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Frankford’s Allen M. Stearne Elementary Receives Picasso Project Grant

The Picasso Project, a Public Citizens for Children and Youth (PCCY) mini-grant program that brings arts education to schools that have very limited arts instruction, proudly awarded more than $60,000 in grants to 14 Philadelphia schools.

Stearne elementary

Pictured are Dick Fernandez, Kathy O’Connell, Rob Connaire, Sonya Smith, Javen Murray, Ryan Smith, Darlene Vaughn, and Councilman David Oh at the Picasso Project grant presentation to Stearne Elementary School.

Schools receiving mini-grants ranging from $2,250 to $4,500 include: Bache-Martin Elementary, Bodine High School, William Cramp Elementary, Stephen Girard Elementary, Andrew Jackson Elementary, Fitler Academics Plus, Alexander McClure Elementary, Thomas Mifflin Elementary, George Nebinger Elementary, Samuel Powel Elementary, James Rhoads Elementary, Allen Stearne Elementary, Swenson Arts & Technology High School, and Vare-Washington Elementary.

“Sadly, because of a lack of funding, students don’t get nearly the exposure to arts projects they need to tap their potential,” said Gretchen Elise Walker, Director of Arts Education for the Picasso Project.  “Our grant helps, but we need better state education funding to solve this dilemma for the long term.”

A 2013 online survey from Picasso Project grant winners found overall school climate in 98% of schools improved.  Likewise, 77% said their Picasso Project grant had a positive or extremely positive impact on their school’s ability to gain additional arts resources.

The Picasso Project, founded by PCCY (Public Citizens for Children and Youth) in 2002, supports innovative arts projects through mini-grants at Philadelphia public schools and advocates for long-term increases in arts education for students.  Since its inception, the Picasso Project has provided a total of $462,000 to fund 121 arts projects benefitting over 30,000 students in Philadelphia schools. 

Photo credit – Anthony Hopkins-PCCY

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Stearne School to Gain 7th and 8th Grades

Reported on today, according to the School District school closing plan, Allen M. Stearne School, at 1655 Unity Street in Frankford, will become K-8 Elementary school.  It is presently k-6,  Students presently enrolled in grade 6 will remain at Stearne for grade 7.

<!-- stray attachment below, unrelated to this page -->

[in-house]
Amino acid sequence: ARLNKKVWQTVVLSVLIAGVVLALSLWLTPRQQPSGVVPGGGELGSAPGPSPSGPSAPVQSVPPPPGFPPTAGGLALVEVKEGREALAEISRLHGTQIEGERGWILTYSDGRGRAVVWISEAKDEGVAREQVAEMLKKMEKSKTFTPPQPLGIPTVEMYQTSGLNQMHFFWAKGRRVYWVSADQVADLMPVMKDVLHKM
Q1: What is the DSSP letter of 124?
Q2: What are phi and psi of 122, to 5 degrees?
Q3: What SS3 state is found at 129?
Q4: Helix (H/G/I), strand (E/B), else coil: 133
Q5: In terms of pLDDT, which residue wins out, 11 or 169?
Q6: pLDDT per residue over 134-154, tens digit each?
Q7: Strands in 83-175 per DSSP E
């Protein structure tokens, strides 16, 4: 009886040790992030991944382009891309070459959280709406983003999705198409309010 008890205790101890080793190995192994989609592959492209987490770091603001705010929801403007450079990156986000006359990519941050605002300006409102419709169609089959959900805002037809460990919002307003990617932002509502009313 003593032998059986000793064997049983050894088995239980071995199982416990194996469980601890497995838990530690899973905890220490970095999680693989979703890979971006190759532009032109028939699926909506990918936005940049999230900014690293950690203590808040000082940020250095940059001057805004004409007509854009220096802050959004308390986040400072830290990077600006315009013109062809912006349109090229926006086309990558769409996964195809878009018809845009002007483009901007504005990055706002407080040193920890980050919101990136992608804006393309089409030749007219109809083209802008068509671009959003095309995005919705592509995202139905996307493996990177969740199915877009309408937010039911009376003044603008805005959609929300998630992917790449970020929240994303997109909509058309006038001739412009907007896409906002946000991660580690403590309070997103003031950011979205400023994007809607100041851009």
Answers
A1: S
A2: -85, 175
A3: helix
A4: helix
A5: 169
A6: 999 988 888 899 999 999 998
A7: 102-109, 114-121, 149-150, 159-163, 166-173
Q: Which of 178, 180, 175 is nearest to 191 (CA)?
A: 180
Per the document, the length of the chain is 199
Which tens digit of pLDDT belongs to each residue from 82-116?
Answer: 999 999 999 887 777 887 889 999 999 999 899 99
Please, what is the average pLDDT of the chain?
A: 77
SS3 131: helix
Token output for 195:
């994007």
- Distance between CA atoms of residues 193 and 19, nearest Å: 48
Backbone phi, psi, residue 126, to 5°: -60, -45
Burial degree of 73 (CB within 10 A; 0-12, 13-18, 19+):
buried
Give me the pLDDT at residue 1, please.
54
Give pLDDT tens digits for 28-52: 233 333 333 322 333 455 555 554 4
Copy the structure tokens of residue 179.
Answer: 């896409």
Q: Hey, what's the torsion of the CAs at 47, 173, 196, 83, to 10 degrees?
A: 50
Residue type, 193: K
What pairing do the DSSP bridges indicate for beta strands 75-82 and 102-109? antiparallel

Some schools would change grades, with a number of K-6 buildings becoming K-4 elementaries. In other cases, elementary schools that serve students up to fifth or sixth grade would become K-8 schools.

K-8 schools use space more efficiently, and parents told the district they prefer that model, Hite said.

“Our middle schools are one of our greatest challenges,” he said.

You can read the rest of the story here.

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Sixers to honor Frankford Hometown Hero

Sixers to honor Janice Gillyard as Hometown Hero: in the Spirit of Alex Scott this Friday

Philadelphia, Pa. – November 25, 2009 – The Philadelphia 76ers and Eastern University will present Janice Gillyard with the “Hometown gillyardHero: In the Spirit of Alex Scott” Award for her work making healthy and affordable foods available to struggling families by founding the Faithfully Fresh Community Produce Market. The market provides fresh fruits and vegetables to inner city Philadelphia neighborhoods with nothing being sold over $2.

“The ‘Sixers Hometown Hero: In the Spirit of Alex Scott’ program serves to recognize people within our community who make a positive impact,” said Senior Vice President of Business Operations Lara Price. “By honoring the Hometown Hero recipient’s efforts in front of our fans, we hope to inspire others to make a difference within their communities as well.”

Operated out of Allen M. Stearne Elementary School in Frankford, Gillyard has enlisted the 6th grade classes at the school to help run the market. Through their work, the students have learned values including entrepreneurship, volunteerism, and community involvement.

Through Gillyard’s efforts, she has not only provided an essential community service, but has also taught her students the importance of healthy living and volunteer work.

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Career Day at Stearne School


I was invited to the Stearne Elementary school (map)for career day.  I had been over there for the story on the Faithfully Fresh produce market a few weeks ago.  My first thought was do I really want to do this.  But then I thought it would be an interesting experience for me and maybe for the kids.

So Friday morning found me at Stearne for a continental breakfast before starting out on my list  9 classrooms to visit.  There were 15 other volunteers for this special event with a wide range of occupations among them: insurance agent, computer analyst, tax analyst, director of IT, correctional officer, account executive, college professor, business owner, dentist, pharmacology, museum guide, veterinarian technician, police officer and immigration services officer.

I have been in a few elementary schools over the years and Stearne was quite similar to the rest.  The kids were aware that there were “guests” in school and were obviously looking out for us.  I took my class assignment sheet and started to trek around the halls.  Fortunately I did not have far to go.

  • First class was room 103 where Mrs. Wrigley held forth with a group of kindergartners.  I was happy to make this my first stop although I had no idea what I was going to say about blogging to 5 years olds.  I chit chatted a bit and then asked everyone what they wanted to be when they grew up.  They were a nice group and most talked the helper occupations like policeman, doctor etc.